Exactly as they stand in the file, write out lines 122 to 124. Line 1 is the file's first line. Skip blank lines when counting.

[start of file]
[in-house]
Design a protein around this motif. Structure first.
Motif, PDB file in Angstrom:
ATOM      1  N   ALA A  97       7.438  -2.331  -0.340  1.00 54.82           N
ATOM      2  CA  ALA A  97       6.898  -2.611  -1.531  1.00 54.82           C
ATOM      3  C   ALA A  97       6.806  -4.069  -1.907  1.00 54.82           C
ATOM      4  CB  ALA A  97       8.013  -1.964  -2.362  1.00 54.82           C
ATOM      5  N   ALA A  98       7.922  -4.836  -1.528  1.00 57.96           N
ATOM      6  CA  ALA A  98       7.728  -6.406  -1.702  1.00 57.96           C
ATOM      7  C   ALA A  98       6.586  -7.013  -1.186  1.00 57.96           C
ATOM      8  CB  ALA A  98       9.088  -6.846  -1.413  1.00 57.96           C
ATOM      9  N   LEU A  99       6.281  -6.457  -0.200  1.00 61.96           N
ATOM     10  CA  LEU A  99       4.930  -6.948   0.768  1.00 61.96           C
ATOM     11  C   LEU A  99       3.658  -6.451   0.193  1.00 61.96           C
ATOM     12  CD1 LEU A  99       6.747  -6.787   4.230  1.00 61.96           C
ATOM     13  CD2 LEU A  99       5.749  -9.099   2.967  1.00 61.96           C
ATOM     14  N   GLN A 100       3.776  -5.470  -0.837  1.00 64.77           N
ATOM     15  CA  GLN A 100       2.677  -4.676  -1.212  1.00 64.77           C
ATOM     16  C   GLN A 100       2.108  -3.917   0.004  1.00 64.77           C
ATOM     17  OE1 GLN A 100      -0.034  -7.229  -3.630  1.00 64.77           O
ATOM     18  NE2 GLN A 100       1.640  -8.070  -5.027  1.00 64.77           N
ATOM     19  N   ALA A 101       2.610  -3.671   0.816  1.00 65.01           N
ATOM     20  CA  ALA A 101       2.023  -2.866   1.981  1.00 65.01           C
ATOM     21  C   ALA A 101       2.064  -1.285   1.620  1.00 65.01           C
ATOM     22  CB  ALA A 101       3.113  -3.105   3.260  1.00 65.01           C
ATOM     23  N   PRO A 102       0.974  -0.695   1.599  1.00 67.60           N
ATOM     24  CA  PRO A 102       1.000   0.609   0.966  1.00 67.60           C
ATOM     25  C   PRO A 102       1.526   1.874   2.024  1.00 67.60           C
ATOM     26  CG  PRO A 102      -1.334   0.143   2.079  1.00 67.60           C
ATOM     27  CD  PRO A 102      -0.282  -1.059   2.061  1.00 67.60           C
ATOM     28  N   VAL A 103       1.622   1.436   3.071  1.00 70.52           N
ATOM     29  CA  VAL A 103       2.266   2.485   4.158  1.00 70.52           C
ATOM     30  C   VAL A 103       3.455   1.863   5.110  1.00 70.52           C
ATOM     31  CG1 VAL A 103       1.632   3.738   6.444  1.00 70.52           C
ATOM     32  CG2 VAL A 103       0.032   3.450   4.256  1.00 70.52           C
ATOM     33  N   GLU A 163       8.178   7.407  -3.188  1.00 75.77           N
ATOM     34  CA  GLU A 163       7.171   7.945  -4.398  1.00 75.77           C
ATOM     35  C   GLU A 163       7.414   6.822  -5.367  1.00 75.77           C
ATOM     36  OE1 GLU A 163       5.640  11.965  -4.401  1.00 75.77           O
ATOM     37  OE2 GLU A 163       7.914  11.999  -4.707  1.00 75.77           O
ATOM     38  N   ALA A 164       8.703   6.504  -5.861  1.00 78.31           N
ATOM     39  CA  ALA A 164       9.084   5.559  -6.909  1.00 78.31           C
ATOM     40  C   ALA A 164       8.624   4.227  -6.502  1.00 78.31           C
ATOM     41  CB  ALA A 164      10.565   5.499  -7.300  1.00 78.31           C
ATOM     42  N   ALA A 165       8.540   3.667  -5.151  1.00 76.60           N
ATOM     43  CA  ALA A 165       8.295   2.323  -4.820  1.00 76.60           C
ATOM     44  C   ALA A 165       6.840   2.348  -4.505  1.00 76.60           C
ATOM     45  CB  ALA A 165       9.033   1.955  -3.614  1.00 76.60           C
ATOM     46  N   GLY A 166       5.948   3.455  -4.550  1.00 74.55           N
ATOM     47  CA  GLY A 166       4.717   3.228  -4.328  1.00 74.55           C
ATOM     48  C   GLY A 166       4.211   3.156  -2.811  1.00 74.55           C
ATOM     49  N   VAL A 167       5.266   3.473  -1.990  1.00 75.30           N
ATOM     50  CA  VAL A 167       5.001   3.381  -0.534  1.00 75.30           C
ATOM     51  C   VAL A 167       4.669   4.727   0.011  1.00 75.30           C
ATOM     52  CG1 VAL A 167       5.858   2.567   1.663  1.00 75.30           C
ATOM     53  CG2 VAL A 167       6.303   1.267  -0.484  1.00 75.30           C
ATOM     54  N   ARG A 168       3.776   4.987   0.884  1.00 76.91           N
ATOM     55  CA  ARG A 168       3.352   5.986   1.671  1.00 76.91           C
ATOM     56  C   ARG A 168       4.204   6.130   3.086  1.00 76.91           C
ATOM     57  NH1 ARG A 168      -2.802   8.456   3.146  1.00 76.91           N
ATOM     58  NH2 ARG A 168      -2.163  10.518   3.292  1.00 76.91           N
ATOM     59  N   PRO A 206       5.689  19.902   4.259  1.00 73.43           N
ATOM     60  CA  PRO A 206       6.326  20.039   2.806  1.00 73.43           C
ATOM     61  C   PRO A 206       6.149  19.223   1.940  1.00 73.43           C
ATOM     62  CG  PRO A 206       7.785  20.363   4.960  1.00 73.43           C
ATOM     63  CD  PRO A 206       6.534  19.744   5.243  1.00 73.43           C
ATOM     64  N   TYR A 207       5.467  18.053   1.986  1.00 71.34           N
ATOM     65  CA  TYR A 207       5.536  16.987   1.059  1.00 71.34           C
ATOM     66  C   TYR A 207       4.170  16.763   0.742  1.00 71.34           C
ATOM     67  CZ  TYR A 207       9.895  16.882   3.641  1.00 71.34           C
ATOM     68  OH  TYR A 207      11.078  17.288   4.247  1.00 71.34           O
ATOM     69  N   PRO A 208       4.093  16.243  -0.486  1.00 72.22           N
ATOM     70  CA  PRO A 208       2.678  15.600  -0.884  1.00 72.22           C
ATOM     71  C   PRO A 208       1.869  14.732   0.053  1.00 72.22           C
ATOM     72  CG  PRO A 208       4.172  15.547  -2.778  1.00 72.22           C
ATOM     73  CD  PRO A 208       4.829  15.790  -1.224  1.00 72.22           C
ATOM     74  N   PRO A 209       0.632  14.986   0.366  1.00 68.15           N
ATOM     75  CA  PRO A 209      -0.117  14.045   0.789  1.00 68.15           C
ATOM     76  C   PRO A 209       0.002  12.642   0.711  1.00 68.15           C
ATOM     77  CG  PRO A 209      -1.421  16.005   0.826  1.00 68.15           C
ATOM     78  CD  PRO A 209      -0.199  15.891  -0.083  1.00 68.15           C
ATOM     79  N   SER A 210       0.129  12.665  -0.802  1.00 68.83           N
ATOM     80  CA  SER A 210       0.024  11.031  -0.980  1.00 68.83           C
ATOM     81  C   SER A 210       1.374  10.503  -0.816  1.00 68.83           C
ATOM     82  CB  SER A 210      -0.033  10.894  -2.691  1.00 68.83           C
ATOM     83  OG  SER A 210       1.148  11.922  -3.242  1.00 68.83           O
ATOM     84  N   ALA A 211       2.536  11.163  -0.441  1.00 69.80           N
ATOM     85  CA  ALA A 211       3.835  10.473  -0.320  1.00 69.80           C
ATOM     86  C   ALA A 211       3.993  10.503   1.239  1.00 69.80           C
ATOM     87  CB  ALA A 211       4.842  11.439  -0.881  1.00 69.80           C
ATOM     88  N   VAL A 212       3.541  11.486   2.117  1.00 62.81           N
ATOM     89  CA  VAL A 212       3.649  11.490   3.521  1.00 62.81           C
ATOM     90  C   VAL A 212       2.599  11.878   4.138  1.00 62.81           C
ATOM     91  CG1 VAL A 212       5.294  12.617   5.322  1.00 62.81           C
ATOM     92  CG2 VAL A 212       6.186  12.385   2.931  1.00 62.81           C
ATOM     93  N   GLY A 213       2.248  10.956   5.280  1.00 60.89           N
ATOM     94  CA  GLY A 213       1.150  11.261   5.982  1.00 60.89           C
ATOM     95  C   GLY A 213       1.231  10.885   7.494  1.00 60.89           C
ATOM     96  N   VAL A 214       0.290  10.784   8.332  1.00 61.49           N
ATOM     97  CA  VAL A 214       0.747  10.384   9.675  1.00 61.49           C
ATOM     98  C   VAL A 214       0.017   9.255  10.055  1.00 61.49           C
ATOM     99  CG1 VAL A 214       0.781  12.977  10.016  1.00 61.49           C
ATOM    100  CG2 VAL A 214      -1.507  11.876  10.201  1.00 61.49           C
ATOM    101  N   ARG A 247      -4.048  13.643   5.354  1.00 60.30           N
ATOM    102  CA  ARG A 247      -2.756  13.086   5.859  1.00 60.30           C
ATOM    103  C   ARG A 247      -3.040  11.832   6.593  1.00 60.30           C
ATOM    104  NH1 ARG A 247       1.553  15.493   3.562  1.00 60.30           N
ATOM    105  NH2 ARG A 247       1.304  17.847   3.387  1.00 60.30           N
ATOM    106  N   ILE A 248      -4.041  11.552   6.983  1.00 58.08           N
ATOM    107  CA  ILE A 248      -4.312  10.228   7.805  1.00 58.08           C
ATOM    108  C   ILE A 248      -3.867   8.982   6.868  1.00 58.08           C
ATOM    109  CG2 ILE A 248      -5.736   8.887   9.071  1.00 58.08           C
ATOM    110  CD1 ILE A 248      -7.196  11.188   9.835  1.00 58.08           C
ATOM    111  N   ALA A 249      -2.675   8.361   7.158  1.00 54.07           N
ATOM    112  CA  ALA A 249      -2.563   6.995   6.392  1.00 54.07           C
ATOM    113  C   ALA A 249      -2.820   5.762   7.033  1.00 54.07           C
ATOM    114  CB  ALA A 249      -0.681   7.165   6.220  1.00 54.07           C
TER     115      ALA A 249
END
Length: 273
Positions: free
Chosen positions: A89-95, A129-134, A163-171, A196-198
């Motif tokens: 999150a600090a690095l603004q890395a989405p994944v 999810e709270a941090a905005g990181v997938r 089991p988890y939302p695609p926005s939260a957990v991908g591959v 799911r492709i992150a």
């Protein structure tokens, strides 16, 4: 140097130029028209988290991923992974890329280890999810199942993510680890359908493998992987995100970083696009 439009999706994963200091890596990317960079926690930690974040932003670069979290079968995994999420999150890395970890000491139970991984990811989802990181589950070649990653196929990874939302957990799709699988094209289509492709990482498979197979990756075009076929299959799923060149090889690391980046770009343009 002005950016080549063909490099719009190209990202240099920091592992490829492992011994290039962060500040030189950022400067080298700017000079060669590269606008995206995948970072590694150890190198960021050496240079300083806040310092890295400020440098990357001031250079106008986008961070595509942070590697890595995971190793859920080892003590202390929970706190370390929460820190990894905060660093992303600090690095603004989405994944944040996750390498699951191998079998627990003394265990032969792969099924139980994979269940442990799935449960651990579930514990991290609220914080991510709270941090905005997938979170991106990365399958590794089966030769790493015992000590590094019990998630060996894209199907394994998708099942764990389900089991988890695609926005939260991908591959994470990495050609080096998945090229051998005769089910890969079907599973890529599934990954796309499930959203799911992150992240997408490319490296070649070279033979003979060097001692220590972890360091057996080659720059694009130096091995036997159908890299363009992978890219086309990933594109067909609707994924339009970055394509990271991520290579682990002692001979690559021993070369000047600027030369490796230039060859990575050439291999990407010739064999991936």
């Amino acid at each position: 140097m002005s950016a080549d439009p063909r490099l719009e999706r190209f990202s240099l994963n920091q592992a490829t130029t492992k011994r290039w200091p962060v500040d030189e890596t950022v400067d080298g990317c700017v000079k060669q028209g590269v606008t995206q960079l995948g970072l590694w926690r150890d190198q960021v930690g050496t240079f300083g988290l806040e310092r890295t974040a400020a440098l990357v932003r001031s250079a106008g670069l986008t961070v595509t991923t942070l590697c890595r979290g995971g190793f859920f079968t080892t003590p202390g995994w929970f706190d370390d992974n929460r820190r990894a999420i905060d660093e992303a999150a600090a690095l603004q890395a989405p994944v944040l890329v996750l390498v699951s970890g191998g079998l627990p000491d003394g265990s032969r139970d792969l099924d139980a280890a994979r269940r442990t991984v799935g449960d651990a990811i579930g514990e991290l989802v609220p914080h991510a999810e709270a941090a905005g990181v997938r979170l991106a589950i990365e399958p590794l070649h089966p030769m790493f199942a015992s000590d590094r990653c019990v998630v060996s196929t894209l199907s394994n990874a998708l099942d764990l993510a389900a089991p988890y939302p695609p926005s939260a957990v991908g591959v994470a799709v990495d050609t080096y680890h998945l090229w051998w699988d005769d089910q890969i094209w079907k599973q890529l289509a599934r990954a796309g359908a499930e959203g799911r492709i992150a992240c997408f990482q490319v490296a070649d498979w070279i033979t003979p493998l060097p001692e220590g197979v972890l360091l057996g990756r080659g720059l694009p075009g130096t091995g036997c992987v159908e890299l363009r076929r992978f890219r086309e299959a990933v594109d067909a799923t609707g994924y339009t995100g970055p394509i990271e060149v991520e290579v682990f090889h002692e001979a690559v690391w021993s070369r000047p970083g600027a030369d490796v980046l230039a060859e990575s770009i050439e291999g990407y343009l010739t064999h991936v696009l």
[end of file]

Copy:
Chosen positions: A89-95, A129-134, A163-171, A196-198
């Motif tokens: 999150a600090a690095l603004q890395a989405p994944v 999810e709270a941090a905005g990181v997938r 089991p988890y939302p695609p926005s939260a957990v991908g591959v 799911r492709i992150a």
């Protein structure tokens, strides 16, 4: 140097130029028209988290991923992974890329280890999810199942993510680890359908493998992987995100970083696009 439009999706994963200091890596990317960079926690930690974040932003670069979290079968995994999420999150890395970890000491139970991984990811989802990181589950070649990653196929990874939302957990799709699988094209289509492709990482498979197979990756075009076929299959799923060149090889690391980046770009343009 002005950016080549063909490099719009190209990202240099920091592992490829492992011994290039962060500040030189950022400067080298700017000079060669590269606008995206995948970072590694150890190198960021050496240079300083806040310092890295400020440098990357001031250079106008986008961070595509942070590697890595995971190793859920080892003590202390929970706190370390929460820190990894905060660093992303600090690095603004989405994944944040996750390498699951191998079998627990003394265990032969792969099924139980994979269940442990799935449960651990579930514990991290609220914080991510709270941090905005997938979170991106990365399958590794089966030769790493015992000590590094019990998630060996894209199907394994998708099942764990389900089991988890695609926005939260991908591959994470990495050609080096998945090229051998005769089910890969079907599973890529599934990954796309499930959203799911992150992240997408490319490296070649070279033979003979060097001692220590972890360091057996080659720059694009130096091995036997159908890299363009992978890219086309990933594109067909609707994924339009970055394509990271991520290579682990002692001979690559021993070369000047600027030369490796230039060859990575050439291999990407010739064999991936």